Religious violence struck again in Egypt this past weekend leaving an estimated 29 dead and 272 wounded, according to CNN reporters in the area.
The latest series of bloodshed was mounted from a protest on Sunday in Cairo for equality of places to worship for Coptic Christians. Christians and Muslims united to argue for rights for the religious sect.
There are disputes as to the exact cause of the outburst. Twelve army troops were killed, adding to their claim that they were attacked by protesters. However, civilians note that they marched peacefully and did not recall anyone on their side inciting violence. The people felt that the army overreacted to their protests. Many observers claimed they opened fire on people, an atypical and shocking move for the Egyptian military.
The clashes left glass, burned out cars and riot police in the streets of Cairo. An air of tension and uneasiness hung over the city on Monday.
“Instead of going forward, we found ourselves scrambling for security,” Prime Minister Essam Sharaf said on state television.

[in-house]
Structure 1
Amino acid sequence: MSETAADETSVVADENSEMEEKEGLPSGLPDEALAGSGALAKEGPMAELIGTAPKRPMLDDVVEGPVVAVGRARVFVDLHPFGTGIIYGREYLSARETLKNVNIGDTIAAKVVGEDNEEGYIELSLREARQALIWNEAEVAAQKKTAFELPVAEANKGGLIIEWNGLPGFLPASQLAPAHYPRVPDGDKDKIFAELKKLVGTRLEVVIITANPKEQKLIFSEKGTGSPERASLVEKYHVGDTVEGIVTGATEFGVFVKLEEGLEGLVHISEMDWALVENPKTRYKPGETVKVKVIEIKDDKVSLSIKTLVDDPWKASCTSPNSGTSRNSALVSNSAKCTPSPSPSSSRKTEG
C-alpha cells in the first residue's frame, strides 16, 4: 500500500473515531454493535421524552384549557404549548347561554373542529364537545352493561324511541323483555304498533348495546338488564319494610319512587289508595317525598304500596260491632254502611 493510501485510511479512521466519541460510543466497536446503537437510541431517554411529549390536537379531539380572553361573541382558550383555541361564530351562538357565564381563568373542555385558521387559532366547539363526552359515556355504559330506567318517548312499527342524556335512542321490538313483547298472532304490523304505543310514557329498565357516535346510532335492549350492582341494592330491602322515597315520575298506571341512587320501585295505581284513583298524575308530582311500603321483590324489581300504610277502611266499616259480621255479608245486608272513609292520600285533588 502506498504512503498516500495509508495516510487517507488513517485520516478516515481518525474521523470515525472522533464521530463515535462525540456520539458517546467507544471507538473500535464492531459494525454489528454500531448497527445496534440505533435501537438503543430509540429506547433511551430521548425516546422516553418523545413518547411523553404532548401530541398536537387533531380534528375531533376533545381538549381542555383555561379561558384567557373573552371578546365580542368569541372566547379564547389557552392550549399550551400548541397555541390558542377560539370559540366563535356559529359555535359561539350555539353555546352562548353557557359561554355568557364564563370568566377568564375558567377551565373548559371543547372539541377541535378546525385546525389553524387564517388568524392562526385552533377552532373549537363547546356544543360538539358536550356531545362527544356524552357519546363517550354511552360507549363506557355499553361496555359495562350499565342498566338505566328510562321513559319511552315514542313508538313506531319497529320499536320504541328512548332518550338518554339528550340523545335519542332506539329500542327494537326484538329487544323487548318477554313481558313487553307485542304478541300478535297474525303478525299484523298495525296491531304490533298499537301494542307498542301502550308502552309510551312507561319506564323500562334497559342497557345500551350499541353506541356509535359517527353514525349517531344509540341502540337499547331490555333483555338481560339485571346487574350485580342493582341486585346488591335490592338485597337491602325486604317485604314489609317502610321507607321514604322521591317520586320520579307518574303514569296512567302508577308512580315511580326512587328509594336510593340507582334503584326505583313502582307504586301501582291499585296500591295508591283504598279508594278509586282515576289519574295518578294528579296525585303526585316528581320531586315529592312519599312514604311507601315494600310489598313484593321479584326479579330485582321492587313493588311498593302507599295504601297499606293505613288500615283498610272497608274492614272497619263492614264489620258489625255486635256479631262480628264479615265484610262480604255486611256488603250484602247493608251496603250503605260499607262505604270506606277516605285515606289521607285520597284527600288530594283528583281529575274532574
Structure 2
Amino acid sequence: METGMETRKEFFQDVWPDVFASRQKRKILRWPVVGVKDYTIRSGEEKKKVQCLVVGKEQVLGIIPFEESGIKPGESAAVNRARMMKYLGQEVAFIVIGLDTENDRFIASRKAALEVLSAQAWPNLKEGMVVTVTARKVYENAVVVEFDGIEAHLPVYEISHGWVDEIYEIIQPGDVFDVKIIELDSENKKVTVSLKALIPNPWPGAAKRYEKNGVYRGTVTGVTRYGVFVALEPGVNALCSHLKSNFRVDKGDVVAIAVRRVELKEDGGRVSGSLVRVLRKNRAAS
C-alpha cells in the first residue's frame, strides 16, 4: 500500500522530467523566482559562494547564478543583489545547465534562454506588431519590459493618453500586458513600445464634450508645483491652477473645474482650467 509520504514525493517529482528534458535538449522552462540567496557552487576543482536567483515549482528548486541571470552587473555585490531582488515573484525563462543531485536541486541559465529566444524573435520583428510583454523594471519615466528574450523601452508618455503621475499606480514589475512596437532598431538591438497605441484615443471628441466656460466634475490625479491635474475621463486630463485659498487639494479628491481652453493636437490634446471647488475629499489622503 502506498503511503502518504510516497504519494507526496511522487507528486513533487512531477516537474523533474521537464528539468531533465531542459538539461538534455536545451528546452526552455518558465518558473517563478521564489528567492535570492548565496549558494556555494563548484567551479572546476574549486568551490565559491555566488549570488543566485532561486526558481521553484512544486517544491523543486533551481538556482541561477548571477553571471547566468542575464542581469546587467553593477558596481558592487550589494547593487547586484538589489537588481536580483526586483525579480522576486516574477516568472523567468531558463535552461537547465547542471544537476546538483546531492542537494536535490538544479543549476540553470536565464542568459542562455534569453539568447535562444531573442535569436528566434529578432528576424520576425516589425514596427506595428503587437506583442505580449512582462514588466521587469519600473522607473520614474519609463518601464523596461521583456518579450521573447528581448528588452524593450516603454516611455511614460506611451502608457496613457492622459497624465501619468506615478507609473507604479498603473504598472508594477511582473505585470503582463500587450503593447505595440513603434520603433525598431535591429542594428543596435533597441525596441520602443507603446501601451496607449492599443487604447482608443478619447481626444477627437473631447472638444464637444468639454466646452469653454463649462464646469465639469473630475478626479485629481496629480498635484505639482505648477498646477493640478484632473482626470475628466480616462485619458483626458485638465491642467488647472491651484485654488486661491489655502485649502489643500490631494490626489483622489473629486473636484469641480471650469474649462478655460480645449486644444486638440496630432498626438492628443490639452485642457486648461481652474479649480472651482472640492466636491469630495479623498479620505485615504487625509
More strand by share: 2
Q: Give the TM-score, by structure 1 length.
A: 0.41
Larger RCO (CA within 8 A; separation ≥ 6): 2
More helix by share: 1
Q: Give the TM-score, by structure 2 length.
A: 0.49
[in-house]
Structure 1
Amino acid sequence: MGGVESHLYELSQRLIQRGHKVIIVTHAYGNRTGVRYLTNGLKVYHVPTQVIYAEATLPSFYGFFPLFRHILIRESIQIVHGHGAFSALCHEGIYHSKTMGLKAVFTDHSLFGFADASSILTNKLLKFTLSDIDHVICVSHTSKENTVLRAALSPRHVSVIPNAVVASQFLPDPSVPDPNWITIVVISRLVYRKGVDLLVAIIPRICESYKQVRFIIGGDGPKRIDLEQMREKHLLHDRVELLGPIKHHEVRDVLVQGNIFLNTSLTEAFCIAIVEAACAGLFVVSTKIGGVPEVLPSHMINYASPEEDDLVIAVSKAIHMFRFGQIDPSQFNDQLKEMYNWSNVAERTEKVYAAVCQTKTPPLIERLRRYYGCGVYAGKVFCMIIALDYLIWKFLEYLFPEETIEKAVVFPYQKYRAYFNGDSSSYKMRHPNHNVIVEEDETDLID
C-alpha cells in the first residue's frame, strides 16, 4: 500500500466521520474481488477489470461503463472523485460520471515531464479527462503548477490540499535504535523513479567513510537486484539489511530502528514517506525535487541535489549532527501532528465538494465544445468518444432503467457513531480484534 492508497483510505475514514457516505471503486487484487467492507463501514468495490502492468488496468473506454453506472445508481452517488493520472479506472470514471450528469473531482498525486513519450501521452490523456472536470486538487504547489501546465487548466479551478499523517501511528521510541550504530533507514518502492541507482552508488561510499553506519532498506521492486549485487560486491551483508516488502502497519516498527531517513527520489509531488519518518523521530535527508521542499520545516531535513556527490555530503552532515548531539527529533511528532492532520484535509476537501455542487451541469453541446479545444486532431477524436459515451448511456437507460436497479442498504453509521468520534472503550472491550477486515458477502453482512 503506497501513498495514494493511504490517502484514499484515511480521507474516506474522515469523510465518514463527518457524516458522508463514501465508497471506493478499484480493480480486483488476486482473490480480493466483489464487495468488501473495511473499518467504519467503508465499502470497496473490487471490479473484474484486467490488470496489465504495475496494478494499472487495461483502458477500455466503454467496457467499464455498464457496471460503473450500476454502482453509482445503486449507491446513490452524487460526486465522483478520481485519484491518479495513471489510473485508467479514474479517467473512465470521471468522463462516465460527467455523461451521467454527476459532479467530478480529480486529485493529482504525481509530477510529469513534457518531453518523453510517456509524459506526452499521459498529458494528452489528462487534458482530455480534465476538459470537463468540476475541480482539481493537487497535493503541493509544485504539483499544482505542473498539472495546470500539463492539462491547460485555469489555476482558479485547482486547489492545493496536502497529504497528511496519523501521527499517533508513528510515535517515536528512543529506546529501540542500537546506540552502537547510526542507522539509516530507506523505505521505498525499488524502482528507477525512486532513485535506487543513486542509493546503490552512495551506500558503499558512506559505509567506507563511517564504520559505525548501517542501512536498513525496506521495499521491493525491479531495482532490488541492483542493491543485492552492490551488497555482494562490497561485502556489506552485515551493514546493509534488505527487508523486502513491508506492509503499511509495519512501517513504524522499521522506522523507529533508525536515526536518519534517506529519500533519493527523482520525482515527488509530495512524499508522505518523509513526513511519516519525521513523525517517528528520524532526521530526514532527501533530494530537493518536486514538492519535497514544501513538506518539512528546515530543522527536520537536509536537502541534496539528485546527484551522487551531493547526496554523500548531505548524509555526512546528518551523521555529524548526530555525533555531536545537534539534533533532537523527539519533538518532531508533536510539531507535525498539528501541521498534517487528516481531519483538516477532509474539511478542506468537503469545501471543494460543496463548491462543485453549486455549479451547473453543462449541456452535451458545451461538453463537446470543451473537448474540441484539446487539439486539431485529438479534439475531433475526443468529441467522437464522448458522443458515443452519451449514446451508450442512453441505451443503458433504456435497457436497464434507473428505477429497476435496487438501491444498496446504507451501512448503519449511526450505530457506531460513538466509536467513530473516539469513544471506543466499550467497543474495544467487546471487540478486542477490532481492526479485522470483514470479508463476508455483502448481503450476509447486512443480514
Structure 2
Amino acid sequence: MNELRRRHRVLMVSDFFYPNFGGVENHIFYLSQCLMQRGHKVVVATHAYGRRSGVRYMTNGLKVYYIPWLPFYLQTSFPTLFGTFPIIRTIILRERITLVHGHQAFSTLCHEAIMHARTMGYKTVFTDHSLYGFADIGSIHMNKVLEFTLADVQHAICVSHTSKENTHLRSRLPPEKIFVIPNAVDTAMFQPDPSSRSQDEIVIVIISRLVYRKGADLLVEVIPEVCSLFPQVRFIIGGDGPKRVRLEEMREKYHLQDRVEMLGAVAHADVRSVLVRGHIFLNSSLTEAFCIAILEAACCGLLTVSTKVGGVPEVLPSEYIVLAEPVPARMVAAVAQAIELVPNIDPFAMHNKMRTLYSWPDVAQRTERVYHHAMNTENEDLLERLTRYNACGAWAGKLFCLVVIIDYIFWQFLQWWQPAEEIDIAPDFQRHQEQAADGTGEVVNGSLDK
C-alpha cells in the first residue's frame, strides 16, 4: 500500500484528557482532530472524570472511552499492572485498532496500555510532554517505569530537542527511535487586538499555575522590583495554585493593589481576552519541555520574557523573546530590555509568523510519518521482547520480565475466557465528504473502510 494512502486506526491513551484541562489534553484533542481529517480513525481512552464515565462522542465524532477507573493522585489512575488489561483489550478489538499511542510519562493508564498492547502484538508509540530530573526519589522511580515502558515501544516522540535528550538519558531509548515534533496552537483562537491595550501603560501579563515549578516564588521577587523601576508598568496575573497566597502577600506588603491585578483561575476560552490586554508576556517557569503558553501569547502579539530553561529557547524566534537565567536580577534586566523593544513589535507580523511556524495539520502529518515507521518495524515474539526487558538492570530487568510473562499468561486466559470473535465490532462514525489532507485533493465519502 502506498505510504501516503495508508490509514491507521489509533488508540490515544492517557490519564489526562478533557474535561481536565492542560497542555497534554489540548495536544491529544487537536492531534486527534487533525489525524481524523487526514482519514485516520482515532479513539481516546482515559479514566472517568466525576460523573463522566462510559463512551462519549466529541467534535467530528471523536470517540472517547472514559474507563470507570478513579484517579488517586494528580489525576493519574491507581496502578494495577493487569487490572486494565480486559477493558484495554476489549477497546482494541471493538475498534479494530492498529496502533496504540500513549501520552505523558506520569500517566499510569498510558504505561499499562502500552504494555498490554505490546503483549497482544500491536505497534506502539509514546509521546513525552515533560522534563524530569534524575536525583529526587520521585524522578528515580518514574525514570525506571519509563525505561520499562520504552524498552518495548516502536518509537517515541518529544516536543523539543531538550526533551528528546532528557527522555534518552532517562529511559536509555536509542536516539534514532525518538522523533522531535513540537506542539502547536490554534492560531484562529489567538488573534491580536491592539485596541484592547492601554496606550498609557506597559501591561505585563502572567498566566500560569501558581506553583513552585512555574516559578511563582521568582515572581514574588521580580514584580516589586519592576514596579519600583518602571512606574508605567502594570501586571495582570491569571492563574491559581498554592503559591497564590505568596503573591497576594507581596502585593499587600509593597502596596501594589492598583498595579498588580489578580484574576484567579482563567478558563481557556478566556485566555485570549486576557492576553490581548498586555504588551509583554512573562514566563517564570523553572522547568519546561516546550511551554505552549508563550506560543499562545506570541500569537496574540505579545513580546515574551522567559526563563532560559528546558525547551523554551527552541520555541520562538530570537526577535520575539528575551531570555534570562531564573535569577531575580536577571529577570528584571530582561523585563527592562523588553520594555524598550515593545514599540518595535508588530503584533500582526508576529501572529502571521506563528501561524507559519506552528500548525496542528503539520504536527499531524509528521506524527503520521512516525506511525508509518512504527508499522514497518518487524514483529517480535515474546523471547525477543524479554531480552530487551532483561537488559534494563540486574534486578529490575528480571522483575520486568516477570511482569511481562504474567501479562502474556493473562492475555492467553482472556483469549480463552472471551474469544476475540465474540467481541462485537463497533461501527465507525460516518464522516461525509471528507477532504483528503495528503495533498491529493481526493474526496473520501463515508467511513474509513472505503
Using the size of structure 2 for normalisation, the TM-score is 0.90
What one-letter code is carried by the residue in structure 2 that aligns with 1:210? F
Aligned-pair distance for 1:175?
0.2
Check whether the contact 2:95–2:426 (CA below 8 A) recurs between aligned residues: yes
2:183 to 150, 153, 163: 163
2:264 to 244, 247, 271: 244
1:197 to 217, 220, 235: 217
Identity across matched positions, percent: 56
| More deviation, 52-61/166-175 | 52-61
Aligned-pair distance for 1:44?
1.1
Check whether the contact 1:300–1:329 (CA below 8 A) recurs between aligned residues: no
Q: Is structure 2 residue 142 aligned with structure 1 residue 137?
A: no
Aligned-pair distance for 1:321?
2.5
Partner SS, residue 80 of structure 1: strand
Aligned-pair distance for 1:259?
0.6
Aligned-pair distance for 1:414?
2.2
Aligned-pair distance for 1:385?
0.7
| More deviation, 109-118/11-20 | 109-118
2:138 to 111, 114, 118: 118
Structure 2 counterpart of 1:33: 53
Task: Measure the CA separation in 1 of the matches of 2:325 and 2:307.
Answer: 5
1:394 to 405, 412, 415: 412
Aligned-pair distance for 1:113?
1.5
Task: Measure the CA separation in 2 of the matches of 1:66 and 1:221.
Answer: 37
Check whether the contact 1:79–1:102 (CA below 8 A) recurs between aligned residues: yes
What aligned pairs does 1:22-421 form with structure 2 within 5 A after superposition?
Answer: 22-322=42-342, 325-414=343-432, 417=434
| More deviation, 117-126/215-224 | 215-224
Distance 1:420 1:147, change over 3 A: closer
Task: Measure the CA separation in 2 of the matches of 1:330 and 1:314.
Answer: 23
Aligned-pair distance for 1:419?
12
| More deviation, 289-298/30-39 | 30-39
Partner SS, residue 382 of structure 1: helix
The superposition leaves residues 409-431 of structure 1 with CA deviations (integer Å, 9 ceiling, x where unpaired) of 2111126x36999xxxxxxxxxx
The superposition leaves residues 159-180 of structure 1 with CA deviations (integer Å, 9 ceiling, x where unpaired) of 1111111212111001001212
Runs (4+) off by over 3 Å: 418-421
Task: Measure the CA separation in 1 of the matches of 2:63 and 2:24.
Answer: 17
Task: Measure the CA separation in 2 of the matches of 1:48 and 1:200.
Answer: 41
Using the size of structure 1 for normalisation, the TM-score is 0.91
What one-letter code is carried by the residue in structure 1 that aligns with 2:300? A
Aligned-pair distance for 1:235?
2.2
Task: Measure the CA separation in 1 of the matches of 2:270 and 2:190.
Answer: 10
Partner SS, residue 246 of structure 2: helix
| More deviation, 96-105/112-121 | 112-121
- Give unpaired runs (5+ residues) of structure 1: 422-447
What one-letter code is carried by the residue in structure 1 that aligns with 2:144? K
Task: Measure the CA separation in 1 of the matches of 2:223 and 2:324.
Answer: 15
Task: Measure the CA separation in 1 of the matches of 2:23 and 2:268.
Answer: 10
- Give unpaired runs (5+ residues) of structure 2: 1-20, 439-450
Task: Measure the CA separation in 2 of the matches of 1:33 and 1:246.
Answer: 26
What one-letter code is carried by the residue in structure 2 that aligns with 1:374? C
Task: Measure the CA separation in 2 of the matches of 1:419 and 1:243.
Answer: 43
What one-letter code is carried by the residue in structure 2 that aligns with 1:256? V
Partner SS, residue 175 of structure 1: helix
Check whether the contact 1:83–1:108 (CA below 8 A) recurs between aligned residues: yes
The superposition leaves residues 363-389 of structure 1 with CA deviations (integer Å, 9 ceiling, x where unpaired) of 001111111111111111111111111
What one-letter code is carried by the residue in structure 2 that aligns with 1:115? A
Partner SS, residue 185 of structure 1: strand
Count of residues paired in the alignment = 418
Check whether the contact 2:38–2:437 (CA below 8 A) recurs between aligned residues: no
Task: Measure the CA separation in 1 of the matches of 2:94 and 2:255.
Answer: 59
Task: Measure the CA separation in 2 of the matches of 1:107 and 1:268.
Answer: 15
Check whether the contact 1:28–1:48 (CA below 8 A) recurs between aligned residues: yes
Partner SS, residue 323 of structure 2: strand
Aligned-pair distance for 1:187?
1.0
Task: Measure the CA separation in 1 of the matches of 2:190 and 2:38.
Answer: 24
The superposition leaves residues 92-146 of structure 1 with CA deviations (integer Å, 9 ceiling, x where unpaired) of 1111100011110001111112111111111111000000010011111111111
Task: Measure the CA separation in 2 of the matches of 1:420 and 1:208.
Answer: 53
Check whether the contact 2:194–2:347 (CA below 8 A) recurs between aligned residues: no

Leaders from both the army and civilian groups feel that outside influences may have caused the violence to get out of control on Sunday.
Egypt has been in turmoil and change since February when youth protesters toppled the government of former dictator Hosni Mubarak. As the country has attempted to rebuild, the prime minister has taken a leadership role.
The national army, however, is still in place from the Mubarak regime. Young protesters have not backed down on their pressure for reforms and changes to the Egyptian way of life. More and more, the youth see the military as a holdover from the Mubarak era and have spoken out against the national forces.
The White House has offered its support to the Egyptian people, while condemning the massive violence that occurred and pleading for calm.
“Now is a time for restraint on all sides so that Egyptians can move forward together to forge a strong and united Egypt,” according to a statement from White House Press Secretary Jay Carney.
“As the Egyptian people shape their future, the United States continues to believe that the rights of minorities — including Copts — must be respected, and that all people have the universal rights of peaceful protest and religious freedom,” Carney added.
The White House will have to continue to tow the line with the situation in Egypt. With support for new conflicts so low at home, the U.S. government cannot afford, nor handle, further conflicts in the Middle East and North African regions of the world. The spring invasion of Libya, for instance, was led by the United Nations with the U.S. in a limited support role. The only position of strength the U.S. should use at this point is its bully pulpit as it urges democracy around the world.